Ogre in Njardvik Fog
It watches us and has intent. Well, it does that in Reykjavik, too…
…but at least there one can ignore it.
Humans. The dears need their fantasies!
In downtown Vopnafjörður, right across from the slaughterhouse, there’s a fine elf hill. Gunnar Gunnarsson grew up in this neighbourhood. He would have seen this hill everyday, and no doubt climbed it often.
Now, it might be hard to visit a “real” elf here (at any rate, it’s out of your control), but you can visit Gunnar.
He has flowers and birds, and place for you to sit down.
This is a pre-Happy-Camper kind of Icelandic travel. There are a lot of Icelanders honours with their very own copper head in the trees. To visit them is a kind of pilgrimage.
If we can set aside the re-creation of European indigenous life
as fairytale during the romantic period, in which elves and dwarves, trolls, ogres,
witches and other organic understandings of human-Earth relationships took on sentimental human form,
and given to biology,
we should still be able to read the rock as something more than mineral. It is the nature of being indigenous to be of a place.
This does not mean that one inhabits it solely as an isolated biological body,
but that the place and you are also one. One of the consequences is that you will see your mind and body around you and read your thoughts out of the land
By moving across the land, you really move through it, and really are moving through yourself.
You can stop sometimes and have a look at what you, as the Earth, are thinking.
The simplest way is to read the stone, such as the cliffs at Ásbyrgi. It’s easiest if you remember that before a troll was a mythical, romantic being…
… it was a stone, or a person, anchored to a place and defining it. The understanding was that place has power.
And not just as a romantic artform called “nature”.
That is beautiful enough, but it has a lot in common with romanticized, humanized elves and looks, most of the time, like fairyland.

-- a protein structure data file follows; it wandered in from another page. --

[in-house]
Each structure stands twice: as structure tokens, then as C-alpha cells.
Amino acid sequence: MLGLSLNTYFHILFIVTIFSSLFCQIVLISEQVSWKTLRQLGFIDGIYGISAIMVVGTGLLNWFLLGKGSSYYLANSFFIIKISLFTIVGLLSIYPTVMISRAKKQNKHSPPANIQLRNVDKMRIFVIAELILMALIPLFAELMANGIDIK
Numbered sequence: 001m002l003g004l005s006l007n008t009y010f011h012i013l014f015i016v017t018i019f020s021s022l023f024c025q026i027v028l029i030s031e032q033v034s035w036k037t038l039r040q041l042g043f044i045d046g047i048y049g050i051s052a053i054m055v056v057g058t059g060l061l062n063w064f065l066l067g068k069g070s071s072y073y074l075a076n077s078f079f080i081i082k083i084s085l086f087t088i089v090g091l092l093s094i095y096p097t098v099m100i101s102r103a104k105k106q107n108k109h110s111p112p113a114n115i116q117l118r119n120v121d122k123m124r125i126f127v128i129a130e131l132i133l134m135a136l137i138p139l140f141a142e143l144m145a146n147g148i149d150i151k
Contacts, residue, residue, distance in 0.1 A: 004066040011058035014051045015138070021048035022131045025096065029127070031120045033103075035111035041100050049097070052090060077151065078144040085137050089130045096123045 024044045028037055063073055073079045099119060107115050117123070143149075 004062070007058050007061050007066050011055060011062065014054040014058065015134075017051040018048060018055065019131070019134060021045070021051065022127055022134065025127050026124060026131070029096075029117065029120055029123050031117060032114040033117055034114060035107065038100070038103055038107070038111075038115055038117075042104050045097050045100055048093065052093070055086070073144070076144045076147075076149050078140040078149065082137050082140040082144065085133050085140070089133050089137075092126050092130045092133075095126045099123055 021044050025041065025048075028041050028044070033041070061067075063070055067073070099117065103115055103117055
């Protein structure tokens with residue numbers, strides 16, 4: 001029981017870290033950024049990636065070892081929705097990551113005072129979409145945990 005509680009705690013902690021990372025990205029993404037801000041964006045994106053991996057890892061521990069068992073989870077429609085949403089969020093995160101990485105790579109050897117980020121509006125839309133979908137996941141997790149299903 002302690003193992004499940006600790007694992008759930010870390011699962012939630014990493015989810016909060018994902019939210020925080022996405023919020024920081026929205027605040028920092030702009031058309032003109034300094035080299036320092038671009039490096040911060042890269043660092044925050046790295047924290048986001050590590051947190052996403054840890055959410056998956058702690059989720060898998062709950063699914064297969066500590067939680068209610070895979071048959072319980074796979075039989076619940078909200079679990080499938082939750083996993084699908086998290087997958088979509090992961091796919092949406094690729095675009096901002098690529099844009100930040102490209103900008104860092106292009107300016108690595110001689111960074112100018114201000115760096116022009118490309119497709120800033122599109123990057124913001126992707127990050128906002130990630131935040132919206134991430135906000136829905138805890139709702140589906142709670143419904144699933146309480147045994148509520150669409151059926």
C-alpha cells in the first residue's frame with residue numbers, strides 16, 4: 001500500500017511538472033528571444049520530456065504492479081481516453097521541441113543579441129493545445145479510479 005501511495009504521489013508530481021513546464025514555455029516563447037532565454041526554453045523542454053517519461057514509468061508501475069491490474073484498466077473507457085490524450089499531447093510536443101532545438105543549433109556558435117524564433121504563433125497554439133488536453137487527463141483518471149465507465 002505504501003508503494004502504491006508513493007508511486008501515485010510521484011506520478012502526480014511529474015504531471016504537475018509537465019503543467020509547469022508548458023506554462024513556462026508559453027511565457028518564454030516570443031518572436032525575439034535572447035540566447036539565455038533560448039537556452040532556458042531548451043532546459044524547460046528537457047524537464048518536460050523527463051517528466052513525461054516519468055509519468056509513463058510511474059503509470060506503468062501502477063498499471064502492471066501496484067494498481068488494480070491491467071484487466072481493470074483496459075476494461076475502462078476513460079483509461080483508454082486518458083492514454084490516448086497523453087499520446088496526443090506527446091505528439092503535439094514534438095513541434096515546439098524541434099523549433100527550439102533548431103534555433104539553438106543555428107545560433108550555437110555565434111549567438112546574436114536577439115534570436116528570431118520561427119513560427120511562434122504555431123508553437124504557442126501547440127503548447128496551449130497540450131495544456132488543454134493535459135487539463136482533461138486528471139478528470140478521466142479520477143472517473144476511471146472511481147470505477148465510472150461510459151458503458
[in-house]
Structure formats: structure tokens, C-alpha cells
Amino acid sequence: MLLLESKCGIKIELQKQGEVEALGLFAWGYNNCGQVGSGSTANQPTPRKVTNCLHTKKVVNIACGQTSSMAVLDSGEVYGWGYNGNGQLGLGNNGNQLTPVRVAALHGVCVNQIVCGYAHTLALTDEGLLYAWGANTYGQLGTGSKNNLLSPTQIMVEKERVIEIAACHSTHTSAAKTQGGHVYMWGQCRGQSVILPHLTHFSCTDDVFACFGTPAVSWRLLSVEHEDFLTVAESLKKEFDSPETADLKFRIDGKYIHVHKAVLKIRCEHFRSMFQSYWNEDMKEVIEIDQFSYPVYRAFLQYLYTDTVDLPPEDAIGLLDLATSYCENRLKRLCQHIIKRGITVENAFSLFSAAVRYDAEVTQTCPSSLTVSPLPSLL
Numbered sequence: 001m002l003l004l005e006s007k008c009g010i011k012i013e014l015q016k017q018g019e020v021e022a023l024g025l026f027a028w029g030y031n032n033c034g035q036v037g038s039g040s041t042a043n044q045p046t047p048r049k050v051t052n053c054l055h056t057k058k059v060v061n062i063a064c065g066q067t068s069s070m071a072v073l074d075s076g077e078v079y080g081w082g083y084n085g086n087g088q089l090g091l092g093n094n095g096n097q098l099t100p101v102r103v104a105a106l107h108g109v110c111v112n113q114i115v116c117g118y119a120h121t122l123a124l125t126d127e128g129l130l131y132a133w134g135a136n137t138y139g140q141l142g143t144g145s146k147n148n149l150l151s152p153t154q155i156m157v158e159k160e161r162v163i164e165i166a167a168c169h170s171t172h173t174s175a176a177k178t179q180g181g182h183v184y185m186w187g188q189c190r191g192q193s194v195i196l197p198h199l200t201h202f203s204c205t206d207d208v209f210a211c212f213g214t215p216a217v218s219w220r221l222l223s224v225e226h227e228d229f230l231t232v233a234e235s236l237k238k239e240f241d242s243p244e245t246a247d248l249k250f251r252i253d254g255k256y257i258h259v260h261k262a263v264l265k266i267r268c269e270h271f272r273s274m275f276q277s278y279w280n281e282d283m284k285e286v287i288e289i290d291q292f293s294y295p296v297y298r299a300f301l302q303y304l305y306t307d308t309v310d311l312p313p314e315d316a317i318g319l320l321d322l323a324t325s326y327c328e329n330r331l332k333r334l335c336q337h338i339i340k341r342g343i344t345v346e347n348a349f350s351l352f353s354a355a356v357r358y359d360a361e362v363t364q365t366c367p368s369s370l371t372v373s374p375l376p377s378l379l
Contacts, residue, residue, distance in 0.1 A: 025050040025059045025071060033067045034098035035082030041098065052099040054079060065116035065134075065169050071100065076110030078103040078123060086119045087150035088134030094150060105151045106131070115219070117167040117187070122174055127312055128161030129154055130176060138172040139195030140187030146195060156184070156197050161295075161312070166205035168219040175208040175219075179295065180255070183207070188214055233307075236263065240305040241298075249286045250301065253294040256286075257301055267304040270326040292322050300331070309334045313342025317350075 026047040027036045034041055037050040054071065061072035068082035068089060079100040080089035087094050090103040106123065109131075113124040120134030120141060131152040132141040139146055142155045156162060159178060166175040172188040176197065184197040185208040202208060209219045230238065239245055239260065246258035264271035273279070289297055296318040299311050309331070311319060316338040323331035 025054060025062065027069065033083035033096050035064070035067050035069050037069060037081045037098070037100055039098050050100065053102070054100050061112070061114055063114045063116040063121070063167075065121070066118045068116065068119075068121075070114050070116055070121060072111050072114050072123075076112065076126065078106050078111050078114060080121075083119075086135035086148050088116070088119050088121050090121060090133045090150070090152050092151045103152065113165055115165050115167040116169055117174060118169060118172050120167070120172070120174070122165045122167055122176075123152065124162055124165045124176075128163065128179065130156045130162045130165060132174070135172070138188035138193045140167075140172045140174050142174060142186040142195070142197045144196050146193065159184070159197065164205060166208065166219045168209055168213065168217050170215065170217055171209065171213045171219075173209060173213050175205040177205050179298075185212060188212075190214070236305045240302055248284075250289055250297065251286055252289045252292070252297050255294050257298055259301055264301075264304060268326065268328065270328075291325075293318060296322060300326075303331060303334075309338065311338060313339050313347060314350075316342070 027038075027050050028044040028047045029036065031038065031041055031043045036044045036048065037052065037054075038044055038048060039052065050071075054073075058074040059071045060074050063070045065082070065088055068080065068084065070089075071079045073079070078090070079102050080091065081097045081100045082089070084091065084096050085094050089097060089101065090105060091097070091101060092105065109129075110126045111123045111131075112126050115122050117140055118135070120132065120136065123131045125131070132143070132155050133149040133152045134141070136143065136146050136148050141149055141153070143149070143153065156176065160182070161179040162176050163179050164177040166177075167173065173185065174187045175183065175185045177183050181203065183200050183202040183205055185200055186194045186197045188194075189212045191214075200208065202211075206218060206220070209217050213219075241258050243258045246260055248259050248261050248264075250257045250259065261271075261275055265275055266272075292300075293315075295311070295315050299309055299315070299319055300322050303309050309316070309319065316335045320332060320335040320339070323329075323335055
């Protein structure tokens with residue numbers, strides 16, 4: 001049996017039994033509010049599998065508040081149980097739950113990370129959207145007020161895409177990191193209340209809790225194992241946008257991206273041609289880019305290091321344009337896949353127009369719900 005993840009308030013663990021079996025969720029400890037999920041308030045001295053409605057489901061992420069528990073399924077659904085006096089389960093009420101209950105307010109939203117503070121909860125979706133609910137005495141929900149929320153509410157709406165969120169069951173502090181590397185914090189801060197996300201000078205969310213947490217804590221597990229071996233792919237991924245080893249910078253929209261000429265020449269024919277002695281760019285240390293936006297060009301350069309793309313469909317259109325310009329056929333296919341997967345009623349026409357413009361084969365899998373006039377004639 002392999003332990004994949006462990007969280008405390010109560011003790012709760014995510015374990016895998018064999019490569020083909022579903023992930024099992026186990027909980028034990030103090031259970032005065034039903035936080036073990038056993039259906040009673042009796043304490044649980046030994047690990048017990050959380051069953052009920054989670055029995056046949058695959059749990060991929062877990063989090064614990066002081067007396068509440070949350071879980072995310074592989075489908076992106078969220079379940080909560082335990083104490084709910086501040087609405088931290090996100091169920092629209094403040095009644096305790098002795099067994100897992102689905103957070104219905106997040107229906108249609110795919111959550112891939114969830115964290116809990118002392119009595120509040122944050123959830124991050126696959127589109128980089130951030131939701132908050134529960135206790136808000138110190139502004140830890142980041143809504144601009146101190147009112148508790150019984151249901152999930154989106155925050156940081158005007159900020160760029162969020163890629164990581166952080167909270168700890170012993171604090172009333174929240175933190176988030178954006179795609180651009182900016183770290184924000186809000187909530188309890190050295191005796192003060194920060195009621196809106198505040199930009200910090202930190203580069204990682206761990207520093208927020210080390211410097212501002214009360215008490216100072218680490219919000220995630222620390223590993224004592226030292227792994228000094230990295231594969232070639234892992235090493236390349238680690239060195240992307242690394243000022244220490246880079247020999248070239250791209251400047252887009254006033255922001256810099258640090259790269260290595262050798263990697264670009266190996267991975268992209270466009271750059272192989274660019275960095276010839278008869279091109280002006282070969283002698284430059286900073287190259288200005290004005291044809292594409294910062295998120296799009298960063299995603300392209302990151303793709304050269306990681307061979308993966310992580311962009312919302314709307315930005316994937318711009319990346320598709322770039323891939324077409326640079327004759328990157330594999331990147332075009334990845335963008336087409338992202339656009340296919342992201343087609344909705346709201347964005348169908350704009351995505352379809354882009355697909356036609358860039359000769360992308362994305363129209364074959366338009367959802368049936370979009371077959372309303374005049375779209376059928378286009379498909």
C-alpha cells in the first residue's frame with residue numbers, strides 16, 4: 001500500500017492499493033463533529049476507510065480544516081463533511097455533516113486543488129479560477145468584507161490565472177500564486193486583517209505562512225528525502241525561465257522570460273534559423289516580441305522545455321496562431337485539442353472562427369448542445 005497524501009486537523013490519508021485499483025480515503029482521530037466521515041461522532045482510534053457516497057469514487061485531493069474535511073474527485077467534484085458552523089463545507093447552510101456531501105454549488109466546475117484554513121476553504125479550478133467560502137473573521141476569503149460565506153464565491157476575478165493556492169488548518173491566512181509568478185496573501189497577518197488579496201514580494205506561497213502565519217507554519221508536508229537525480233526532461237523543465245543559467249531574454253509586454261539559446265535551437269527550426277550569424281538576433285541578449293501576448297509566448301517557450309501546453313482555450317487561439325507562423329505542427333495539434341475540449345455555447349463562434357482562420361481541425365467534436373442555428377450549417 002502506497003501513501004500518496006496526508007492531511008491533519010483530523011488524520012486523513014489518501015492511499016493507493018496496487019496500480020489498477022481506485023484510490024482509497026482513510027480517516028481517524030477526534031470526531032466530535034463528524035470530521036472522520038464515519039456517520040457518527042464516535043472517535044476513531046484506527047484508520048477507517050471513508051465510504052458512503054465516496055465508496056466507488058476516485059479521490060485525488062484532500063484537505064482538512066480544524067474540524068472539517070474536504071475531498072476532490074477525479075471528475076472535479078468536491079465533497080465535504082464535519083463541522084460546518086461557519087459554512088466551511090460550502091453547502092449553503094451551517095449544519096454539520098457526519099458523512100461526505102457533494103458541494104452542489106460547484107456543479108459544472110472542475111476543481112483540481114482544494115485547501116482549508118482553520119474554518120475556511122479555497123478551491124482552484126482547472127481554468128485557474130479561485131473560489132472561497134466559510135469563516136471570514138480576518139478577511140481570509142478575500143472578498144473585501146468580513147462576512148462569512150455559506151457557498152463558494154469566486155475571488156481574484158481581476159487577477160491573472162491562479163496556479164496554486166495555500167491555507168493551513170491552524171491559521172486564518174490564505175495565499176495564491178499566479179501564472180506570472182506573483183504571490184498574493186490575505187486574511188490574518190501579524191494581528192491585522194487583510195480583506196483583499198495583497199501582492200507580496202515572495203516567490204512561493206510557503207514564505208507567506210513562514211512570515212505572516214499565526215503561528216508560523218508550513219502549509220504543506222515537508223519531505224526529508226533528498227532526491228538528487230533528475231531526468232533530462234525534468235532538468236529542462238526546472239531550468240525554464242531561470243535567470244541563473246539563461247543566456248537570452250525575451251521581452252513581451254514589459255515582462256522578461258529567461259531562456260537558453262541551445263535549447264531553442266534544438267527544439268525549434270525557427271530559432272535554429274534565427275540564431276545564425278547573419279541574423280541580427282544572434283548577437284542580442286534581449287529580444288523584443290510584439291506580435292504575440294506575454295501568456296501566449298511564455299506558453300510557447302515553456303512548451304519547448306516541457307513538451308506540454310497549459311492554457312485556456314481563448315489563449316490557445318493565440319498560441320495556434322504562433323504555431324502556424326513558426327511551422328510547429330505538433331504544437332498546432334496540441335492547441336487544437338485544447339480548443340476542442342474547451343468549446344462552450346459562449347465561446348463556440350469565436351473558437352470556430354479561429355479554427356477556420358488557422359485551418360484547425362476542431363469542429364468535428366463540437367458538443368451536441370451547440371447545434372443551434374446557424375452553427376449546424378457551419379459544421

It is, of course, but not literally. What is literal is the rock, and how you can read your thoughts there.
Complex thoughts of many kinds.
Once you have seen through the romantic veil to that, you can relax and read the trees.
Such observations are usually called pre-modern thinking, but it would be both more fair and more generous, more respective of human nature, to call it non-individualized consciousness, or even earth consciousness.
Not a spruce tree and not fairyland. This is your body being conscious. You can learn to speak this.
And we need that.
I wouldn’t exactly call these birches a forest, and “wood”, or “copse” or “grove” or “thicket” are also plain wrong. Even the Icelandic, “skogur”, can’t be right, because it applies to any kind of group of trees at all, and, well, these are very special. They’re more like people.
“Community” seems rather generalized, and “congregation” is too churchy. What about “band”? That’s more like a line, isn’t it, and not this spreading out and appearing. We could say it is a “bosk,” though. That’s an old word for a kind of thicket, with the old proto-Indoeuropean sense of “appearing.”
Any celt would have been happy with that, and there’s a lot of celtic memory in Iceland. The French are happy with it, too, and would just call this a “bois.” A gathering together, and what is a gather but a clump, or a thickening, that is held by an external force, in this case, the cliffs of Ásbyrgi.
Look how they are alive with this sense of “peopling” as well: a busk, or bois, or gather of stone. There is an energy leading all these forms to come together in this pattern, and it is this energy that is Iceland. Just ask a puffin.
Some people just don’t get it about elves, not to mention trolls and ogres, and think that these creatures have to be empirically present or not exist at all. With that kind of thinking, they just won’t see an elf or look into the other realm. However, if you go to the Buðahraun on Midsummer Night, you will find elves in every collapsed volcanic hollow, in wondrous variety.
Every is a doorway, through which the other world spills. Usually these are dangerous places, but on Midsummer Night they are full of delights, and then the worlds begin to fall out of alignment again.
Arnarstapi is marketed as a quaint fishing village. What that means is tour busses from Reykjavik dropping off crowds, who line up at the fish and chips shop, not that fish and chips is anything other than a British dish, but what the heck.
Here’s the fishing fleet in the harbour. In the depleted seas, it survives by catching fish for the fish and chips shop.
Yesterday I showed an image of a couple of puffin philosophers in Borgarfjörður Eystri. Now a glimpse of some of their concerns. Because puffins erode their hillsides (and have to move on), the community has laid down netting to prevent them from digging just a wee bit too much. The result is a near perfect mathematical placement, likely related to the reach of a human’s arms.
A puffin could complain, but the alternative is to be gobbled up by invasive minks, also brought by humans. The project is financed by people donating to this benevolent intervention. Not that that will stop the puffins from deliberating over it for years, of course.